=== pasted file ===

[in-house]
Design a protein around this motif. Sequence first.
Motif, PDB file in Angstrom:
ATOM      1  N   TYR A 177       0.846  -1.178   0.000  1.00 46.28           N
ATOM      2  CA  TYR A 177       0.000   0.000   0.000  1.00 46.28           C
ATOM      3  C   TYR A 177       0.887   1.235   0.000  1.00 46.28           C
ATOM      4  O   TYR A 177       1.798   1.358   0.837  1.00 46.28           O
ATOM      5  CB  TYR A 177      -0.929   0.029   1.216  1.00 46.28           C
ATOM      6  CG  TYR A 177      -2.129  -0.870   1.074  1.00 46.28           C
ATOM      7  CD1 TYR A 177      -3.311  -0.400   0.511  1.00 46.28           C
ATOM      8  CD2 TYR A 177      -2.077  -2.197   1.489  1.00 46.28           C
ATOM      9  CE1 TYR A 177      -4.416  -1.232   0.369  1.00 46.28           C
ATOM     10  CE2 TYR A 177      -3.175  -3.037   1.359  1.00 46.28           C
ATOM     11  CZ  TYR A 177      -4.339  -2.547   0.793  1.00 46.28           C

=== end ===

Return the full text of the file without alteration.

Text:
[in-house]
Design a protein around this motif. Sequence first.
Motif, PDB file in Angstrom:
ATOM      1  N   TYR A 177       0.846  -1.178   0.000  1.00 46.28           N
ATOM      2  CA  TYR A 177       0.000   0.000   0.000  1.00 46.28           C
ATOM      3  C   TYR A 177       0.887   1.235   0.000  1.00 46.28           C
ATOM      4  O   TYR A 177       1.798   1.358   0.837  1.00 46.28           O
ATOM      5  CB  TYR A 177      -0.929   0.029   1.216  1.00 46.28           C
ATOM      6  CG  TYR A 177      -2.129  -0.870   1.074  1.00 46.28           C
ATOM      7  CD1 TYR A 177      -3.311  -0.400   0.511  1.00 46.28           C
ATOM      8  CD2 TYR A 177      -2.077  -2.197   1.489  1.00 46.28           C
ATOM      9  CE1 TYR A 177      -4.416  -1.232   0.369  1.00 46.28           C
ATOM     10  CE2 TYR A 177      -3.175  -3.037   1.359  1.00 46.28           C
ATOM     11  CZ  TYR A 177      -4.339  -2.547   0.793  1.00 46.28           C